Therapy can help you learn how to communicate effectively, set healthy boundaries, and develop more positive and satisfying relationships. It can also help you develop greater self-awareness and self-acceptance, which can lead to increased confidence, resilience, and success in all areas of your life.

Understanding your attachment style and working on it in therapy can have a profound impact on your relationships, well-being, and success in life. By developing more positive and satisfying relationships with others, you can improve your overall quality of life and achieve greater personal and professional success. If you're interested in exploring attachment theory and how it applies to your life, consider reaching out to a qualified therapist for support and guidance.

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Judy is the founder and clinical director of Your Story Counselling Services

Judy is the founder and clinical director of Your Story Counselling Services, A private practice clinic in Vaughan Ontario servicing individuals, couples, and families across the Greater Toronto Area. As a Psychotherapist and Clinical Supervisor, Judy is passionate about creating change and making mental health services more safe and accessible to the public. Judy believes in working collaboratively with others so that they can get back to themselves and their preferred way of life and living.

To learn more about the Your Story Counselling Team and the services we offer click here.

If you have additional questions regarding the contents of this article please feel free to contact us and we will be happy to answer you.

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Terms and Conditions of Use:

The information provided in this article is intended to be general knowledge and does not constitute professional advice or treatment. This information is not intended for the use of diagnosis or treatment. Please do not share or distribute this article without the proper referencing or written/verbal consent of Judy Lui. Additional information can be found at or requested via



1. What are the four attachment styles in relationships, and how do they impact well-being?

The four attachment styles are secure, anxious-preoccupied, dismissive-avoidant, and fearful-avoidant. Secure attachment is associated with positive well-being, while insecure attachment styles can be associated with anxiety, depression, and difficulty in relationships.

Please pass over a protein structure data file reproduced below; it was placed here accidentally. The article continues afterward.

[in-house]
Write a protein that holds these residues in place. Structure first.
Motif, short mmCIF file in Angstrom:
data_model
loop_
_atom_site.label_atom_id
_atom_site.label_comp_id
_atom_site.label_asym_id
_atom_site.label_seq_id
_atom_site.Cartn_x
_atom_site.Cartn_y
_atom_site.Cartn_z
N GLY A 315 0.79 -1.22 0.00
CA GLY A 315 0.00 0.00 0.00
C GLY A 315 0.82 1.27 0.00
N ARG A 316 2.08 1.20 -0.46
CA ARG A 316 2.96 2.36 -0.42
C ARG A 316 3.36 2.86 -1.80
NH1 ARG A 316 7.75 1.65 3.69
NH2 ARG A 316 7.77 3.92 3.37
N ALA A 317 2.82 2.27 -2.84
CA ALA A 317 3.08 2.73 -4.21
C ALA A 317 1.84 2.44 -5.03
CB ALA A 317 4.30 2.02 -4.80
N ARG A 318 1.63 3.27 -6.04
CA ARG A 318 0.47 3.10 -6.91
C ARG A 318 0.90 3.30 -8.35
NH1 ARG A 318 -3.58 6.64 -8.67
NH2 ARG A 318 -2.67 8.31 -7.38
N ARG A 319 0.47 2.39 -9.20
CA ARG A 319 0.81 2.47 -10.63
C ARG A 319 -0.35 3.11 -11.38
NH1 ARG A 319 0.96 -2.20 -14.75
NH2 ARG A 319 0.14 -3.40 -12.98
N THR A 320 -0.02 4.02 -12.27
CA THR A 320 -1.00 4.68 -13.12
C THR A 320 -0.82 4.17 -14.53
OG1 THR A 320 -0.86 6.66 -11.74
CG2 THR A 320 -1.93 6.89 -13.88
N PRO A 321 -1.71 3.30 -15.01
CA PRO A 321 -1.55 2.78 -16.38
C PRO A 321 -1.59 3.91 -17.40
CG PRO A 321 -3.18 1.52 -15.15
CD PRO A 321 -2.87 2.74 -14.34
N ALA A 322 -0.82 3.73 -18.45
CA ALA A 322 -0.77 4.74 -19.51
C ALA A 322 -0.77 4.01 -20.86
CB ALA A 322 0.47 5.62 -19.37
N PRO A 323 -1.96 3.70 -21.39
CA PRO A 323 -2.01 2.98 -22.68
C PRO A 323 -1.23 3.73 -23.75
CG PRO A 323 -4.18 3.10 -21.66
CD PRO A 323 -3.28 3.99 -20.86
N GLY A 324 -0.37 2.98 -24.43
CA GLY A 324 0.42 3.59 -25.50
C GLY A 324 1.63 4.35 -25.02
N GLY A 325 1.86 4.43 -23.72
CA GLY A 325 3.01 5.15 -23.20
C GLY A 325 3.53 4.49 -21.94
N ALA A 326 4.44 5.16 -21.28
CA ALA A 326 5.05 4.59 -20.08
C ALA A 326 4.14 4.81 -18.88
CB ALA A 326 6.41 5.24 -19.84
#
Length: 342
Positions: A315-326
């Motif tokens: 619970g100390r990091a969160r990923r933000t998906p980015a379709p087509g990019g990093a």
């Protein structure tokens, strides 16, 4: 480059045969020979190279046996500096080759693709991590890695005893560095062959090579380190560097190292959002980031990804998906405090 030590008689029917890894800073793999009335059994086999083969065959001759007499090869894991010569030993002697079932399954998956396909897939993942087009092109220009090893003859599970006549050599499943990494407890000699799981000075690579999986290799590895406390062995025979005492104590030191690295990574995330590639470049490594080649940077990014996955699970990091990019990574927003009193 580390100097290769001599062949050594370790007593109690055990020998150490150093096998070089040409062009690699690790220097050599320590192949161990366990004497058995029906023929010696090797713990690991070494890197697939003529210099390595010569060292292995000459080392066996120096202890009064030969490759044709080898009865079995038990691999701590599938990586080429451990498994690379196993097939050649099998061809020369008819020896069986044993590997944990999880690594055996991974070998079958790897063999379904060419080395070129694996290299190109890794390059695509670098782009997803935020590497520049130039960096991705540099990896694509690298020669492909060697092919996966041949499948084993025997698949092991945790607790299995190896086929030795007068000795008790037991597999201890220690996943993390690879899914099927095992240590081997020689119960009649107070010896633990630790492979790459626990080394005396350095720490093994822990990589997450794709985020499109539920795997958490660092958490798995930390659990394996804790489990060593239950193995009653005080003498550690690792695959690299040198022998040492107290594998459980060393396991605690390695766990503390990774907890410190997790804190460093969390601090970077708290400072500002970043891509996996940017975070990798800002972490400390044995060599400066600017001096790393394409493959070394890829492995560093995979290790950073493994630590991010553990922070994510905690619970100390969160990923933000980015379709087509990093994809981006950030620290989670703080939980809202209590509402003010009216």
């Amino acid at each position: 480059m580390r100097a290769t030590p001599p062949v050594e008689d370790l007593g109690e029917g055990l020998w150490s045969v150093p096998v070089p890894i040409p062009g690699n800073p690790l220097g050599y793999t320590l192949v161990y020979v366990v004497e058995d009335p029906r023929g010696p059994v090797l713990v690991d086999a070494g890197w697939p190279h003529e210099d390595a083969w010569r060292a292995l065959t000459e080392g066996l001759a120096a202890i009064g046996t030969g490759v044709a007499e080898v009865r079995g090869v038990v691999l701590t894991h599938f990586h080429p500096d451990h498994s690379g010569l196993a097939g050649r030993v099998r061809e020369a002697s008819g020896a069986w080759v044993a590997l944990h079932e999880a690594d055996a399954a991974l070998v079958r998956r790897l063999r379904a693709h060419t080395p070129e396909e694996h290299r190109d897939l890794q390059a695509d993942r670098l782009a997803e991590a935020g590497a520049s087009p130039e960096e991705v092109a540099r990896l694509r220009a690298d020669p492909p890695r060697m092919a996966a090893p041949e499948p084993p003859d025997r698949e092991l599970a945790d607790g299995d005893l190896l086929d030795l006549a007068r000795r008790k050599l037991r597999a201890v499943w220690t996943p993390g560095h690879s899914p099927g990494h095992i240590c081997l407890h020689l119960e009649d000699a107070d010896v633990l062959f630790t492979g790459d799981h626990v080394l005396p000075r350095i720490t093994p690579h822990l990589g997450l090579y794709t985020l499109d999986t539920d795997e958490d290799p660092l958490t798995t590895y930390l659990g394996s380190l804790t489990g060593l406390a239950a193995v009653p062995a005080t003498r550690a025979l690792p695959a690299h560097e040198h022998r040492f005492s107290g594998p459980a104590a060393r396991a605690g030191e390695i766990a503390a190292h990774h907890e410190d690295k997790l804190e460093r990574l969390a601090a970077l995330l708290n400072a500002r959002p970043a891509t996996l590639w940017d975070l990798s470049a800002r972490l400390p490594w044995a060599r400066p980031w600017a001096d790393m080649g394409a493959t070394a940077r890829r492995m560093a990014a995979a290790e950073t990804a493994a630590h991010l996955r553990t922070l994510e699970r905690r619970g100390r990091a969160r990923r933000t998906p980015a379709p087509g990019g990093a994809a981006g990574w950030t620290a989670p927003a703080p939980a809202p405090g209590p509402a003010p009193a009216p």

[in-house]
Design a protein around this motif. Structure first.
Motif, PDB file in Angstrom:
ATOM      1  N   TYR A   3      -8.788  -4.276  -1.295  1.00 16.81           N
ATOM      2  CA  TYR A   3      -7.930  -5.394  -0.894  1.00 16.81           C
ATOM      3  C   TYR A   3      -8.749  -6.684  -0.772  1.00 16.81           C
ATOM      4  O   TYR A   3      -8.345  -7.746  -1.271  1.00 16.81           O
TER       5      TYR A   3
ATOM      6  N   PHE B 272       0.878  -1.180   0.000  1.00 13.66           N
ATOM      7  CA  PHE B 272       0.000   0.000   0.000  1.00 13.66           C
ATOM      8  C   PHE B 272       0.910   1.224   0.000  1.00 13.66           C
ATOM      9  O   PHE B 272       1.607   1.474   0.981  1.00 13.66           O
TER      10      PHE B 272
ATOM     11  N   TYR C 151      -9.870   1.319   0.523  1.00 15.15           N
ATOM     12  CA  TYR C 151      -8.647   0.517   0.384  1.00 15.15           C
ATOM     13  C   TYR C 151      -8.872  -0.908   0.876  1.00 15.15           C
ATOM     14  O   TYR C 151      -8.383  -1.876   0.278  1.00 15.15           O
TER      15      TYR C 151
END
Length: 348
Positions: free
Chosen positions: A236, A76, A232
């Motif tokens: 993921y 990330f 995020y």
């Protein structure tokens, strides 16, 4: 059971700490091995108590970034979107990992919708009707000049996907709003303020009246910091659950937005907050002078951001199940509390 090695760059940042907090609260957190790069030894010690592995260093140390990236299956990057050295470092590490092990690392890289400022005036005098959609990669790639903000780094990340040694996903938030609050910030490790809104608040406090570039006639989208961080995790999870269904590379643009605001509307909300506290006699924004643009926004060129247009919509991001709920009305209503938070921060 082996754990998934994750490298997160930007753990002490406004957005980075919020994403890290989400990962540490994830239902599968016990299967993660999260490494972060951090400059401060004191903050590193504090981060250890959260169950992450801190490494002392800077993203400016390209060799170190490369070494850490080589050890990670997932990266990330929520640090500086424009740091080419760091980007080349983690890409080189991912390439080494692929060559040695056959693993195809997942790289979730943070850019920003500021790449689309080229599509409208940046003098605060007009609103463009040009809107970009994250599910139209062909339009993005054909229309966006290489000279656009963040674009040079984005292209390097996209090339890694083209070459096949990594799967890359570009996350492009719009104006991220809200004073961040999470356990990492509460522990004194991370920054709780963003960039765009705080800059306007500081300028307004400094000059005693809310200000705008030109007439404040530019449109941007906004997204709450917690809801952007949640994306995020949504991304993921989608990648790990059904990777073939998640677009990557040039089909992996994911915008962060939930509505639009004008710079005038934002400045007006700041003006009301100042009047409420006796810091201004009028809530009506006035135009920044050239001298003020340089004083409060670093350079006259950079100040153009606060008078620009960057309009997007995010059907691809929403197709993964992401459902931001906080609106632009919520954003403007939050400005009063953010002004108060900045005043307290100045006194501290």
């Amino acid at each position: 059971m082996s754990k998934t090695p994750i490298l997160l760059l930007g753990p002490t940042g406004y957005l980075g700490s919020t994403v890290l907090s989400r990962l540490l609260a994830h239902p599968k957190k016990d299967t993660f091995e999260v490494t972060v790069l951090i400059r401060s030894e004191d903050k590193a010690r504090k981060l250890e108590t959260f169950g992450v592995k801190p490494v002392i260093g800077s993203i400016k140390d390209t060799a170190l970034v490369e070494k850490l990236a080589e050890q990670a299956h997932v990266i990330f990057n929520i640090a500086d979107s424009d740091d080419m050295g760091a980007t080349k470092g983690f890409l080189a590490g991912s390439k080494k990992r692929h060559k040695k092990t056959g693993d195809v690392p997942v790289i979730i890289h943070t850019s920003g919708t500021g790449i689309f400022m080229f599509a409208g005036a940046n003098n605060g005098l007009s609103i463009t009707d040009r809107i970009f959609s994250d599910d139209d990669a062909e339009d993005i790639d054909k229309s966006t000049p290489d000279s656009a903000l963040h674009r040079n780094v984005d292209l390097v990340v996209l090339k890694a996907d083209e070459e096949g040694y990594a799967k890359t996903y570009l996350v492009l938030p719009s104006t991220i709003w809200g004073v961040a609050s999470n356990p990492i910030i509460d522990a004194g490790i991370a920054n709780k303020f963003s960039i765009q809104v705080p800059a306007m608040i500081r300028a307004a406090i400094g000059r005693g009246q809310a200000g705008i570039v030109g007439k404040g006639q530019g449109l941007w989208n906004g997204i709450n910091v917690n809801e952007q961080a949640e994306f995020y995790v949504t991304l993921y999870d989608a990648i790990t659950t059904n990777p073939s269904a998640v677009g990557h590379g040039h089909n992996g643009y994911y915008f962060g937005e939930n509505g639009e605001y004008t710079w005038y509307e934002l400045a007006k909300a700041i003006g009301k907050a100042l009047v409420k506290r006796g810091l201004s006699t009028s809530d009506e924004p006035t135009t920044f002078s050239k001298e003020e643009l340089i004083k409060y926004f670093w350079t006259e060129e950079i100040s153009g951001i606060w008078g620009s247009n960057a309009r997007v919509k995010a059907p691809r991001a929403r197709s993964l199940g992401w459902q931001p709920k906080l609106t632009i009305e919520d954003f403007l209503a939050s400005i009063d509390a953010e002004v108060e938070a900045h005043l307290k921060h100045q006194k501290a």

2. How can therapy help in improving relationships for individuals with Anxious attachment style?

Therapy can help individuals with anxious attachment style to learn how to manage their anxiety, communicate their needs effectively, and develop trust in their partners. This can lead to more satisfying and stable relationships.

3. What are the signs of a Secure attachment style, and how can therapy assist in maintaining and enhancing it?

People with secure attachment styles feel comfortable being close to others, are able to express their emotions openly, and feel confident that their partners will be there for them. Therapy can help individuals with secure attachment styles to maintain and enhance their healthy relationships by providing support and guidance.

4. Can therapy help individuals with Avoidant attachment style develop more secure and fulfilling relationships?

Yes, therapy can help individuals with avoidant attachment style develop more secure and fulfilling relationships. Therapy can help these individuals to learn how to trust others, express their emotions, and be more open to intimacy.

5. How does therapy address Disorganized attachment style and its impact on well-being and relationships?

Disorganized attachment style is associated with difficulty in regulating emotions, difficulty trusting others, and difficulty forming stable relationships. Therapy can help individuals with disorganized attachment style to develop more secure attachment patterns by providing a safe and supportive environment to explore their past experiences and learn new ways of relating to others.